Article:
A previous study has reported the US could detect cortical discontinuities of 1 mm or more . Some recent literature also introduced the utilization of ultrasound-guided reduction in forearm and femoral fractures [20,21,22]. In particular, ultrasonography has the special ability to display the image of the cartilages at the distal part of the humerus in children. Furthermore, intraoperative US-guided reduction provides the image of the fracture displacement continuously in real-time, which help surgeons manipulating the distal segment to reduce without radiation exposure. In the present study, all the fracture reductions were performed under US guidance initially. We achieved a satisfactory successful rate of closed reduction which was 84% (27/32). Some researchers doubted that US may have limited use because of the requirement of significant expertise in performing and interpreting the examination [23, 24]. In fact, we simplified the complicated procedures of US adopted in the diagnostic examination which need multi-plane scanning , as the preoperative imaging examination has shown the displacements of the fracture comprehensively. As a result, the aim of intraoperative US is to offer the images to assure the reduction of fracture displacements in the lateral and posteroanterior planes. In the present study, the US in the lateral and posterior plane could adequately and effectively show the structures at fracture site and guide intraoperative reduction.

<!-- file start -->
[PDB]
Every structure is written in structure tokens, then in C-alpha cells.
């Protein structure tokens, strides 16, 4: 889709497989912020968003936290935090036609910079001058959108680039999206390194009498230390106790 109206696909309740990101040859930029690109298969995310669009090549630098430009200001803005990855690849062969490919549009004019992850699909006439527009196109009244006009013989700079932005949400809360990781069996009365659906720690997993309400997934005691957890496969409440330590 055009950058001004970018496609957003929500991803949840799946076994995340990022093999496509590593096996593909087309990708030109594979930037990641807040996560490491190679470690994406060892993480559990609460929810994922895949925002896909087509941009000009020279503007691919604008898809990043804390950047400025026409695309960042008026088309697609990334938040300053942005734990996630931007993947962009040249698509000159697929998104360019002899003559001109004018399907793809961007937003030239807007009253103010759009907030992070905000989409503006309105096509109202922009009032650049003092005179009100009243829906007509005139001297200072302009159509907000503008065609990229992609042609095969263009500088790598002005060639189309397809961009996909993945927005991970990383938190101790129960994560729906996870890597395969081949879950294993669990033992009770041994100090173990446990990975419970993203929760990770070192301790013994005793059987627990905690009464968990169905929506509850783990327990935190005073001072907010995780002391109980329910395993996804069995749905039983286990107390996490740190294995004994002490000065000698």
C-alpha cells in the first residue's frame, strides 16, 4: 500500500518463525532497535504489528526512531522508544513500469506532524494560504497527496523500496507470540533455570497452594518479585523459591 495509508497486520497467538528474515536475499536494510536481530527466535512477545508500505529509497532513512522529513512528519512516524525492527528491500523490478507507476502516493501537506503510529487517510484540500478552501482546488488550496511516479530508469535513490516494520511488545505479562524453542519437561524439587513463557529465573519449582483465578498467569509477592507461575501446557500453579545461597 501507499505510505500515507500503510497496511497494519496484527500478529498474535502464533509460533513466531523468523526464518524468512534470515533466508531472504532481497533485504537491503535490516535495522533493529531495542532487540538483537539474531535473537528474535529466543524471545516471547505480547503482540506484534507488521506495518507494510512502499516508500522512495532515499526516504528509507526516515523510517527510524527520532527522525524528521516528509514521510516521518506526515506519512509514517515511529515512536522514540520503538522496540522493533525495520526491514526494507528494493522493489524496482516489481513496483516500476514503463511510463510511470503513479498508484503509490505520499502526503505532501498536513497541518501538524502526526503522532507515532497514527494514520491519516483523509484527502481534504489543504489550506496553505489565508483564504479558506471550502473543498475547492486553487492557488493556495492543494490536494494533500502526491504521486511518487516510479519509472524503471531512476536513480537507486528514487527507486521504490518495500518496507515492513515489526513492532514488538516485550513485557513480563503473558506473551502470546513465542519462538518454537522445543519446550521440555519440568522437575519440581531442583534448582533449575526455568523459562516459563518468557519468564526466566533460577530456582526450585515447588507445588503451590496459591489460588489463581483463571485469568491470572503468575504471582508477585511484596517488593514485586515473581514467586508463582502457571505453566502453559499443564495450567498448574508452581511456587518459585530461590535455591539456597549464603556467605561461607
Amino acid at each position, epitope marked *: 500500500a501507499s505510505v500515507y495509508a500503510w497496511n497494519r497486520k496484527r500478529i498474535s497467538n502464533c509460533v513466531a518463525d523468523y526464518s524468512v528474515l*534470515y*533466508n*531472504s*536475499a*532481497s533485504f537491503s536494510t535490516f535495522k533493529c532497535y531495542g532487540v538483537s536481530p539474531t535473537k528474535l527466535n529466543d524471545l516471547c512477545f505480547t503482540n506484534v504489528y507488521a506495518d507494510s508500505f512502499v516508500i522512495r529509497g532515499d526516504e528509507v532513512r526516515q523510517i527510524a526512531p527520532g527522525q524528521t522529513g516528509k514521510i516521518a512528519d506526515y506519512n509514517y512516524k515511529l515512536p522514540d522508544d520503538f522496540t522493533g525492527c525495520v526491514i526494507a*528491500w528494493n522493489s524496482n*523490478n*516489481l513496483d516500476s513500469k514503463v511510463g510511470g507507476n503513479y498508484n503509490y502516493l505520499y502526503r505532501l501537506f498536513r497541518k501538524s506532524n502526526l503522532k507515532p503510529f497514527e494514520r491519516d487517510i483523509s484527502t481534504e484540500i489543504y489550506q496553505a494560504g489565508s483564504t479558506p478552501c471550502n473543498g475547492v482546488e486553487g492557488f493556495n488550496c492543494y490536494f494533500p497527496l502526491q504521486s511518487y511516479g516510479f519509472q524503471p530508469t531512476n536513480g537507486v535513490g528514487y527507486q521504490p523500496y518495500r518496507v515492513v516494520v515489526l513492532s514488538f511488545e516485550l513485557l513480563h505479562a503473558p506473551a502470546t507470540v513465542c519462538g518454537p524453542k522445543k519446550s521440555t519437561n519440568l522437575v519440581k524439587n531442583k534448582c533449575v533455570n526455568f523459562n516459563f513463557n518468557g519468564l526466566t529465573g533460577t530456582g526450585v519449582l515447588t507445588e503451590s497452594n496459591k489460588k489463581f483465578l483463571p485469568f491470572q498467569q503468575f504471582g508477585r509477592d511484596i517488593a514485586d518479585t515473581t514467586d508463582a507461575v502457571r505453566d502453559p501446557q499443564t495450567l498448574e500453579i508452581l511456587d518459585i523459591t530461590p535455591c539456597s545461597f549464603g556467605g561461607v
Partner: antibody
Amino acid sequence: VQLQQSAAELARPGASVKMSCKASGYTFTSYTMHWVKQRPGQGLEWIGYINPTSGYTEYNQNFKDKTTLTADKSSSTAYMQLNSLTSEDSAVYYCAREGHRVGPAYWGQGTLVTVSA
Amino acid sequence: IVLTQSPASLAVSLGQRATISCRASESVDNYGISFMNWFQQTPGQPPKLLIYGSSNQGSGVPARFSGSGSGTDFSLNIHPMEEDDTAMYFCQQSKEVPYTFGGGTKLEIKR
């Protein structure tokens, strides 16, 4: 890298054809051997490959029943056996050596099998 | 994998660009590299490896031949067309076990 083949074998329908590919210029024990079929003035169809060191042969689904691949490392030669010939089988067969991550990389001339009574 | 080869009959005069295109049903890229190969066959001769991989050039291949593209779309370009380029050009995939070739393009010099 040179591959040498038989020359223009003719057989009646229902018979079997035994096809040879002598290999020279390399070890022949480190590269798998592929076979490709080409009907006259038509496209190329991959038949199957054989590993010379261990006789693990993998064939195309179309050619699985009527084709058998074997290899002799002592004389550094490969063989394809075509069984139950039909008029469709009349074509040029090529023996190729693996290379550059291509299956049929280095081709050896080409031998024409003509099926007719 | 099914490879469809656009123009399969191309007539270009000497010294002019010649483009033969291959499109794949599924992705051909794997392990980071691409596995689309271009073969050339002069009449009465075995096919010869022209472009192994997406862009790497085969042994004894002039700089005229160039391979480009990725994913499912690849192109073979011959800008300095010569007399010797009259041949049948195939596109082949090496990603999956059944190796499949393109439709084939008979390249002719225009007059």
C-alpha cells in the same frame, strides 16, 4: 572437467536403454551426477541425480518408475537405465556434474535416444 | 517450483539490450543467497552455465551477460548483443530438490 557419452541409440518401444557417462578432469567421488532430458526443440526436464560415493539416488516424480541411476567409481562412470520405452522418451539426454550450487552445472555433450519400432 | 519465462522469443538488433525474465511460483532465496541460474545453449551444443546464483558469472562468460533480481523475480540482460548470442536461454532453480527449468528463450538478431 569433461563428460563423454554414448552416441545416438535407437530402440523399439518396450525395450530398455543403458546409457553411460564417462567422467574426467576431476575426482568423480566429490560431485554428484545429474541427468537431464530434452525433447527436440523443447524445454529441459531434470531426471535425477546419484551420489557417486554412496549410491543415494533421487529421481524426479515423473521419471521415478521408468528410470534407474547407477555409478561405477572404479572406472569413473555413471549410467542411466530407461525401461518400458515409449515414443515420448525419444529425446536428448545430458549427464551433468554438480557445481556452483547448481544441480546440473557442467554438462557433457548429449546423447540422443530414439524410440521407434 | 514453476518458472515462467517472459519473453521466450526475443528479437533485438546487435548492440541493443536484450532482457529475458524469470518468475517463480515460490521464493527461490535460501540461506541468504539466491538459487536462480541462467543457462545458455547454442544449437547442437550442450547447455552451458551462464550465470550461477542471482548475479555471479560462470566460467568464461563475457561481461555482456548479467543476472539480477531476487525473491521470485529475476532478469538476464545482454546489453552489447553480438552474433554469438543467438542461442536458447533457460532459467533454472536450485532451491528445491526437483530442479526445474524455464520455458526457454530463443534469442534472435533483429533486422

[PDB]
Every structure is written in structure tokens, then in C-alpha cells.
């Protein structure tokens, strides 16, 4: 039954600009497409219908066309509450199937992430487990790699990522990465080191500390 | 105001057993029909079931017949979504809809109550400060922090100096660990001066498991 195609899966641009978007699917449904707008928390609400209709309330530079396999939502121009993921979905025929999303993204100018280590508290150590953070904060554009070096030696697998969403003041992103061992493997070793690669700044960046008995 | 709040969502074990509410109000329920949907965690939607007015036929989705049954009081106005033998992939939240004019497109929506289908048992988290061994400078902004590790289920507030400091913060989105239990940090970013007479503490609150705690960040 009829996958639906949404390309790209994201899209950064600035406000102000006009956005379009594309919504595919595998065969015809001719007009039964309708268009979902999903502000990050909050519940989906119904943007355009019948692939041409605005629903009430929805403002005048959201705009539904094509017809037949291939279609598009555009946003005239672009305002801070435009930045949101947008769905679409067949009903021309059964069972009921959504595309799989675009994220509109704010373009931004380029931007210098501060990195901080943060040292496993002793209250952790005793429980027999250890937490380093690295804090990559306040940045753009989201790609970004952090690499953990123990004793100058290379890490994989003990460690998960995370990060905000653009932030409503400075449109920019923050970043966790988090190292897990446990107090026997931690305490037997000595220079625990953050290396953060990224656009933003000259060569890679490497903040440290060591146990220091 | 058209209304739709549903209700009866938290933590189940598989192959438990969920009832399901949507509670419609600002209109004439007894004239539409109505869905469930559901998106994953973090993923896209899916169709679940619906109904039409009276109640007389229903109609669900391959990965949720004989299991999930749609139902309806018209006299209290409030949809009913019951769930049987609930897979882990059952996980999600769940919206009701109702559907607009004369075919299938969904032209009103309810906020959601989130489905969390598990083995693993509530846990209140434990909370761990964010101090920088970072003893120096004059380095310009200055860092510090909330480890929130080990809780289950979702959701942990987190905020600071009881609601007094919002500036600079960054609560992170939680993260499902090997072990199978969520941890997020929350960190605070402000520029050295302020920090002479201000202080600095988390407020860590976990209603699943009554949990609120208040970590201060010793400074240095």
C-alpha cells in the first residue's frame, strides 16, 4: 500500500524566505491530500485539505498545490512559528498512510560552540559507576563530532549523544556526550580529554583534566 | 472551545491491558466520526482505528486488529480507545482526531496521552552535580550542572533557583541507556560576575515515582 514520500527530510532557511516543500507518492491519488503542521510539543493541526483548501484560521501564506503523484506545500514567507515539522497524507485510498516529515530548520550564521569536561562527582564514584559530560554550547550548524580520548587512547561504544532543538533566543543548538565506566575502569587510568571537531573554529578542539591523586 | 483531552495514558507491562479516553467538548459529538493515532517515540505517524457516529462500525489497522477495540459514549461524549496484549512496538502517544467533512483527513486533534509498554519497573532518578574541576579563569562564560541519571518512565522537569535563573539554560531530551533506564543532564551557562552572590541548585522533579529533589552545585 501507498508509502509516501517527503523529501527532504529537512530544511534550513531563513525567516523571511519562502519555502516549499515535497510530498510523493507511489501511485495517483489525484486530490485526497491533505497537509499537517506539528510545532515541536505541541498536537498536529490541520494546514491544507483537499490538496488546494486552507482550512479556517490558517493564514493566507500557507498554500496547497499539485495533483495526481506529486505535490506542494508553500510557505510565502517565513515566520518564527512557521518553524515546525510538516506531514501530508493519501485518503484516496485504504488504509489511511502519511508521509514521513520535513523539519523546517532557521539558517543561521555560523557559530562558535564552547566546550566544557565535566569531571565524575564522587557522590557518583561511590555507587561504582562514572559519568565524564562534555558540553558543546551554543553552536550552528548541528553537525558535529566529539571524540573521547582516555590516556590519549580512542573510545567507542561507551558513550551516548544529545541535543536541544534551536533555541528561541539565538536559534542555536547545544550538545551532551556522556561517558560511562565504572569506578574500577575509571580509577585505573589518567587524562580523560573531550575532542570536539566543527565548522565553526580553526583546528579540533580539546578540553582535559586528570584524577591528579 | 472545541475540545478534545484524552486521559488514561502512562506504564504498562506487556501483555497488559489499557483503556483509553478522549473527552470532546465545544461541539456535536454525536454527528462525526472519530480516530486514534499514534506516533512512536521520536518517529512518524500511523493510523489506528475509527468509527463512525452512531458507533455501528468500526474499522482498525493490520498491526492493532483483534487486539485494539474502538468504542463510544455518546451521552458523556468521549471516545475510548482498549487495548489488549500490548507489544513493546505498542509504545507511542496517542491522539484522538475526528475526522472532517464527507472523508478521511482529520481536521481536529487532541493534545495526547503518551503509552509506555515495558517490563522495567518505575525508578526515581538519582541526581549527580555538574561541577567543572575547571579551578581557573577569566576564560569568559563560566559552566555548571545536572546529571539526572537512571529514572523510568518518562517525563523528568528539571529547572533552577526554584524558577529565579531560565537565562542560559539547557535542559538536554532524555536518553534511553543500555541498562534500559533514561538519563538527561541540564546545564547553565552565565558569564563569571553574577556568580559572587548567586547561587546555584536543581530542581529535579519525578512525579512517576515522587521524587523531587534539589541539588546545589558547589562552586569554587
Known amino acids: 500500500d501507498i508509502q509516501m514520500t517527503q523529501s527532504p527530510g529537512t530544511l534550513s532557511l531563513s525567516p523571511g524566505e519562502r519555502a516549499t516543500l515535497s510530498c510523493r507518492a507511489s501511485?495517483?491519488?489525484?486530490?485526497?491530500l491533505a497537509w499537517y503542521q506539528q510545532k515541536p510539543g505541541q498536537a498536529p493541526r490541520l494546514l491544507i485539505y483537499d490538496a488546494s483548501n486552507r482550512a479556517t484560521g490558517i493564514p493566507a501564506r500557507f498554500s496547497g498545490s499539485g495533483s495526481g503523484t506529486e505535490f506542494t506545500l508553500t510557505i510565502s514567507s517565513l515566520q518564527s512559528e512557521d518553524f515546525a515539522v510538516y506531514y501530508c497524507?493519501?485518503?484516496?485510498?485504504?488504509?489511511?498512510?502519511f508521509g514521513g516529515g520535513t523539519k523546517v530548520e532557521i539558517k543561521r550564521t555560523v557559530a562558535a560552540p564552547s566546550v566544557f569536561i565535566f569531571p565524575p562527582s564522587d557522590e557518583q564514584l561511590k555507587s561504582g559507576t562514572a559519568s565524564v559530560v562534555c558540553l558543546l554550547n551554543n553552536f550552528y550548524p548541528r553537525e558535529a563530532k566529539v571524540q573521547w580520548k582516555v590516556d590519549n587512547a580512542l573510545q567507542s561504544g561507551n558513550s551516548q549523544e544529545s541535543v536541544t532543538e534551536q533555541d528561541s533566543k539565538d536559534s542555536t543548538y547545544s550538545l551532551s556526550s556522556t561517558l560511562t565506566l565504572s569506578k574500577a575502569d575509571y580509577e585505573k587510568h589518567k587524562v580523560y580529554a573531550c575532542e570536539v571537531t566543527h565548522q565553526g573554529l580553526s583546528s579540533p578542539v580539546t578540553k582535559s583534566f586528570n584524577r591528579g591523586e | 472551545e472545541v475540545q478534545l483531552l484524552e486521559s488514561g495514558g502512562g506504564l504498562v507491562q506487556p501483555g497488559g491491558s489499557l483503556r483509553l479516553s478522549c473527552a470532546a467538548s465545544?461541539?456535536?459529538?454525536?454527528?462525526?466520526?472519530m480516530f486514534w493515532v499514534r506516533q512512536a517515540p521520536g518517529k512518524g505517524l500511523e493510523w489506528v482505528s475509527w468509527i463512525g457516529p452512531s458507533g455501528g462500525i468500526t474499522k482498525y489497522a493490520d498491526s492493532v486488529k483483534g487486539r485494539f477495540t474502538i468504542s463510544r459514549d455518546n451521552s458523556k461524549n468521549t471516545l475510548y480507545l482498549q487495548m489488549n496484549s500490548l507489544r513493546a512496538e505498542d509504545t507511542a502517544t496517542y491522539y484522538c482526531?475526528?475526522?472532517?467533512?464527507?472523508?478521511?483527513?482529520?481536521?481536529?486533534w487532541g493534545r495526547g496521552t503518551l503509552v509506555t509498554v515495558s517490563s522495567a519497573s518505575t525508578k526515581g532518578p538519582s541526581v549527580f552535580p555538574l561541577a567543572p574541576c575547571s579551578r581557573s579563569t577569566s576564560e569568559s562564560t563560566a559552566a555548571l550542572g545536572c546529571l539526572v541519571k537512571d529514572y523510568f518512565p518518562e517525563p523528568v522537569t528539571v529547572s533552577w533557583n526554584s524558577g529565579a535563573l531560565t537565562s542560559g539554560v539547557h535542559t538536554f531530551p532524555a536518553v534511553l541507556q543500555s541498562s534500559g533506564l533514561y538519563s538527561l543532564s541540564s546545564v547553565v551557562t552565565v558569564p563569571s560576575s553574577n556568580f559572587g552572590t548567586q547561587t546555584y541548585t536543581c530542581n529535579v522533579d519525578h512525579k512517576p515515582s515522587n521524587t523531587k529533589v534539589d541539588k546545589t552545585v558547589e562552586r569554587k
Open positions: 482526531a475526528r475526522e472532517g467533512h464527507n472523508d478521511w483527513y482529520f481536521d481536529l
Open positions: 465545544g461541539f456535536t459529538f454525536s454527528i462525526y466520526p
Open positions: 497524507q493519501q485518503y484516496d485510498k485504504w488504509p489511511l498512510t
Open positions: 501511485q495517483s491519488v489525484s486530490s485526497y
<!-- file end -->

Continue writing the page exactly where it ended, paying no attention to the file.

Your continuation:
The cubitus varus deformity seems to be the most common complication after TFDH. Nevertheless, the definite reason of the cubitus varus has not been elucidated. Previous studies reported variable incidences of cubitus varus after treatment of TFDH which ranged from 25 to 70% . In the present series, the incidence of cubitus varus after closed reduction was 7.4%, which is comparable to Hariharan et al.’s recent multicenter review . The lower incidence of the cubitus varus in the present study might be attributed to the following reasons. It has been reported that there is a higher frequency of varus deformity in children less than 2 years of age in the previous studies . However, most patients in the present study were relatively older toddlers with an average age of 15 months which was different from most studies mainly including neonates. Secondly, thanks to the less remodeling potential of the distal humerus, the cubitus varus seems to be not progressive . An inadequate reduction could be the main cause of cubitus varus in toddlers with TFDH . In the present study, all the reduction was guided by the US, and approximately anatomy reduction could be guaranteed in most cases which contributed to the avoidance of the cubitus varus effectively. Thirdly, it has been reported that stable fixation after reduction is also an important factor in preventing cubitus varus [24, 28]. In the present study, considering the maintenance of displaced fracture reduction may be difficult, especially if elbow swelling was presented and then decreased, and plaster immobilization alone could not maintain the reduction stably. All the patients underwent reduction followed by percutaneous pinning fixation. In agreement with previous studies, we deem that this stable fixation procedure was conducive to maintain the position after reduction and further accelerate the callus forming at the fracture site.